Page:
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"Buenos dias", "buenas noches" -- this was the first words in a foreign language I heard in my life, as a three-year old boy growing up in developing post-war Western Germany, where the first gastarbeiters had arrived from Spain. Fascinated by the strange sounds, I tried to get to know some more languages, the only opportunity being TV courses of English and French -- there was no foreign language education for pre-teen school children in Germany yet in those days. Read more

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Subject: Te/Ti, Me/Mi, Se/Si of Spanish and Italian
Question: I've noticed an interesting phenomenon in Spanish and Italian -- when it's 'te' in Spanish, it's 'ti' in Italian and vice versa, like Spanish "Te Amo" vs Italian "Ti Amo" and Spanish A ti vs Italian A te. This is the same for 'me' and 'mi', "a mi" in Spanish and "a me" in Italian. The Spanish say "me interesa" and the Italians say "m'interessa" (from mi interessa). Then also for 'si' and 'se', the Spanish say "como se dice" and the Italians say come "si dice." The Spanish say 'si' for if and the italians 'se'.

It seems like there is a pattern of 'e' and 'i' in Italian and Spanish, like when it's 'i' in Spanish it's 'e' in Italian and vice versa.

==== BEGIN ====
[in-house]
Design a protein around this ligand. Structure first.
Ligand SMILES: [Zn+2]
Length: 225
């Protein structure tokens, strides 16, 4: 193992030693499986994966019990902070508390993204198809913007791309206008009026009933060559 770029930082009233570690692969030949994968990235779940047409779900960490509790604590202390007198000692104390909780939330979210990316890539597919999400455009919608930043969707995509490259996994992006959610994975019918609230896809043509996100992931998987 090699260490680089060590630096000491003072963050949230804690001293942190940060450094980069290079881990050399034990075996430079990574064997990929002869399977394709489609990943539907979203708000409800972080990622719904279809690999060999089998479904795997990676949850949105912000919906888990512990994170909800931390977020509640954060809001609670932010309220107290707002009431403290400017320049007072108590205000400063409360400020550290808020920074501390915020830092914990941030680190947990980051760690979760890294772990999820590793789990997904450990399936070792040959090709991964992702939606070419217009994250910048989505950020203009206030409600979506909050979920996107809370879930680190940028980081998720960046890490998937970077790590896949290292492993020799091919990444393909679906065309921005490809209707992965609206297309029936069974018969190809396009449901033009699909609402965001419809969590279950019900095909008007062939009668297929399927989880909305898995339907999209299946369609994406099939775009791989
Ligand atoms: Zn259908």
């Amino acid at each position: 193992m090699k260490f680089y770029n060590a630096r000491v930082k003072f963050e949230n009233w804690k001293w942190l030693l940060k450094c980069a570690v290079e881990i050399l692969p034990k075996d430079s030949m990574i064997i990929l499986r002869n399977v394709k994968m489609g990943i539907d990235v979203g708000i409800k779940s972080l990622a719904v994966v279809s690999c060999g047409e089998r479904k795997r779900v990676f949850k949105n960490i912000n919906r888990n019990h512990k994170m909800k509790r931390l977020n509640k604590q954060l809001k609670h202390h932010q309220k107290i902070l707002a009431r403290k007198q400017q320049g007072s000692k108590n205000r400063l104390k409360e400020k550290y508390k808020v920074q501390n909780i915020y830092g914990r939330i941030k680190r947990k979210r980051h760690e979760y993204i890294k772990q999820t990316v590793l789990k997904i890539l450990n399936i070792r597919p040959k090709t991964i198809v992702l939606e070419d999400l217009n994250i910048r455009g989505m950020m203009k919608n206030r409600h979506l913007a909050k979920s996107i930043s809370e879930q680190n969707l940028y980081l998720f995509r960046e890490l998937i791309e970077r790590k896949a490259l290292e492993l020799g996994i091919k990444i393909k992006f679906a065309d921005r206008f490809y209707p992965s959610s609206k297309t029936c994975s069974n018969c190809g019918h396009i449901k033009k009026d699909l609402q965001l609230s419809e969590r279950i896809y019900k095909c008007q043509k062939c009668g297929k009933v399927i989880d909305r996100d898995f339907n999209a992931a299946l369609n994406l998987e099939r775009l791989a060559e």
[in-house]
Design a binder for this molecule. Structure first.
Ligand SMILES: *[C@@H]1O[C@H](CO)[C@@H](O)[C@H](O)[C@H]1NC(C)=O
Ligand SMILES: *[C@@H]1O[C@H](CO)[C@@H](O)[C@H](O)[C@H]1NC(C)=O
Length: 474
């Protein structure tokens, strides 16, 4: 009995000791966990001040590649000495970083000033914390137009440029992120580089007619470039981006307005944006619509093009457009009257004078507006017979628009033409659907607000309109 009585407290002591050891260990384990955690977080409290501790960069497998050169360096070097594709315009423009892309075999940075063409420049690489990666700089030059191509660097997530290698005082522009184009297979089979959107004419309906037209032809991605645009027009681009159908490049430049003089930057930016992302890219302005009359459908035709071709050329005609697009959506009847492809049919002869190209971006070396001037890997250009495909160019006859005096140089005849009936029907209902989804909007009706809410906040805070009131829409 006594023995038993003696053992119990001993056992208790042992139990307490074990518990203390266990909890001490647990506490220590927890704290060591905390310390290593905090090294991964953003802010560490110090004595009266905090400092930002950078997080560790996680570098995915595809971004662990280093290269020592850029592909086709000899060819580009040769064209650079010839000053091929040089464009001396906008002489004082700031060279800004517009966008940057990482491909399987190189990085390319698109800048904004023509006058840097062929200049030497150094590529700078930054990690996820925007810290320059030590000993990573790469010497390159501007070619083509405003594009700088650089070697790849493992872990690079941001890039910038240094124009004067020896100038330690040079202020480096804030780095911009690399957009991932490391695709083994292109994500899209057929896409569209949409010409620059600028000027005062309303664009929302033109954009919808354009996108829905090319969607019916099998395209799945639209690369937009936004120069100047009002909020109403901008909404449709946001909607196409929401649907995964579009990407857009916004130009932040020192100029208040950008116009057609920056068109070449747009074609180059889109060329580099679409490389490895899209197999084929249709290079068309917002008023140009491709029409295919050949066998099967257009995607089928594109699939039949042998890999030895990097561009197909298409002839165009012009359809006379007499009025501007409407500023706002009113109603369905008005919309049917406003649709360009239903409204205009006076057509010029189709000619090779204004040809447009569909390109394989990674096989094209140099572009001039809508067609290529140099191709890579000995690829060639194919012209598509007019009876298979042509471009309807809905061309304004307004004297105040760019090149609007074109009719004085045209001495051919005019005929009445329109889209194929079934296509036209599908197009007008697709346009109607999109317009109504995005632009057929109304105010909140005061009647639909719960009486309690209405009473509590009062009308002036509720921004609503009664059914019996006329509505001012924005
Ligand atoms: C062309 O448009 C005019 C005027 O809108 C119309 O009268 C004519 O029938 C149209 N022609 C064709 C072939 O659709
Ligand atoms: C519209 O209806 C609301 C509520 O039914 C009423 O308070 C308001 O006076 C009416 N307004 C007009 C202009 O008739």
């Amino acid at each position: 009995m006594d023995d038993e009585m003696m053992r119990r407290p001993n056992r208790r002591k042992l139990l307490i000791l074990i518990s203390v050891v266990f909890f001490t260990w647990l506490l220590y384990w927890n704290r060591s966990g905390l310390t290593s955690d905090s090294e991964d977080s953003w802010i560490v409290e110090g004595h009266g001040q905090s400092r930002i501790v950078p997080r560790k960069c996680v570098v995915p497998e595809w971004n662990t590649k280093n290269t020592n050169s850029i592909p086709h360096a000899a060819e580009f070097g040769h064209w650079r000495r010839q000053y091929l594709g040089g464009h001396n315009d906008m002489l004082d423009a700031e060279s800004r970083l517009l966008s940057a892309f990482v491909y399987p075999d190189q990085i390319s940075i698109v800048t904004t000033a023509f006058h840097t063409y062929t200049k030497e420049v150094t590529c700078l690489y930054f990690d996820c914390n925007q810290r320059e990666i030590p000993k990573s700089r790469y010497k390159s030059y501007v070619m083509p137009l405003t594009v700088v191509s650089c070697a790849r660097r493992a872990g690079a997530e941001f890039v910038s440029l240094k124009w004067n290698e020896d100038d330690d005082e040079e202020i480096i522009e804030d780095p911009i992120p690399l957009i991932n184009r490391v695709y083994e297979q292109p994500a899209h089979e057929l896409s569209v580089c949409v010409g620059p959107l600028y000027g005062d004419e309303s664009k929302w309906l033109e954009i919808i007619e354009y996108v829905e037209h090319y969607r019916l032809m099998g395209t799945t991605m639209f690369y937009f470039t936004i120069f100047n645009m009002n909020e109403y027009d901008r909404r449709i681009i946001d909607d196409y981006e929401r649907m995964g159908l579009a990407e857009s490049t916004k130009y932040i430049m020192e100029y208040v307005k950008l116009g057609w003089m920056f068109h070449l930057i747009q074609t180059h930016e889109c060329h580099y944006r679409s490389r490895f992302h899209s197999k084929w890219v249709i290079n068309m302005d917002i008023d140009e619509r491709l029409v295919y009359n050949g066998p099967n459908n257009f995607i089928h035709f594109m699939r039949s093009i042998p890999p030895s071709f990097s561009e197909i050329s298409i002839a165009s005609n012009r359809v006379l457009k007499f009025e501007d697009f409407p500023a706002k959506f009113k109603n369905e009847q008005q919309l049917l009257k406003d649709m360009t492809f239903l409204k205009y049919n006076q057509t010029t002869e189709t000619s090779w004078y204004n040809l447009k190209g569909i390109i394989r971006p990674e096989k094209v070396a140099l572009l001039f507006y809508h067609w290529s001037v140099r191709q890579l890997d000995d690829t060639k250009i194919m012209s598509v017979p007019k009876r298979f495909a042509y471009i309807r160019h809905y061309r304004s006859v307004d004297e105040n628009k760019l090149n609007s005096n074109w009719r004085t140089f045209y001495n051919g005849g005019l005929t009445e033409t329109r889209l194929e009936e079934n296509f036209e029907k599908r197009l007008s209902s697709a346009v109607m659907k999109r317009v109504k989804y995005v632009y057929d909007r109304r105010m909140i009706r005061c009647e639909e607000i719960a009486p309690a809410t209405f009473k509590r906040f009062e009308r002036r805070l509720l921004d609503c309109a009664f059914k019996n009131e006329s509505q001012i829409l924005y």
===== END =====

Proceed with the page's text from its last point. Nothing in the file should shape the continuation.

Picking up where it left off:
Can you explain this pattern to me? I'm sure it has to do with how they evolved from Latin.

Thank you!

Reply: Hi, Elisa,

I'm not an expert on historical Romance, but I do know that there
was consderable switching around with the high front and mid front
vowels in the development of Late Latin (Vulgar Latin), certainly
in the history of Spanish. One fairly early change in Vulgar Latin
was the loss of the distinction between long vowels and short
vowels in Latin. The different patterns *might* be due to
differences in Latin vowel length, but you need to check a
historical grammar of Romance to be sure.


James L. Fidelholtz
Graduate Program in Language Sciences
Instituto de Ciencias Sociales y Humanidades
Benem'erita Universidad Aut'onoma de Puebla, M'EXICO
Reply From: James L Fidelholtz      click here to access email
Date: 10-Jan-2014
Other Replies:
  1. Re: Te/Ti, Me/Mi, Se/Si of Spanish and Italian    Geoffrey Richard Sampson     (11-Jan-2014)

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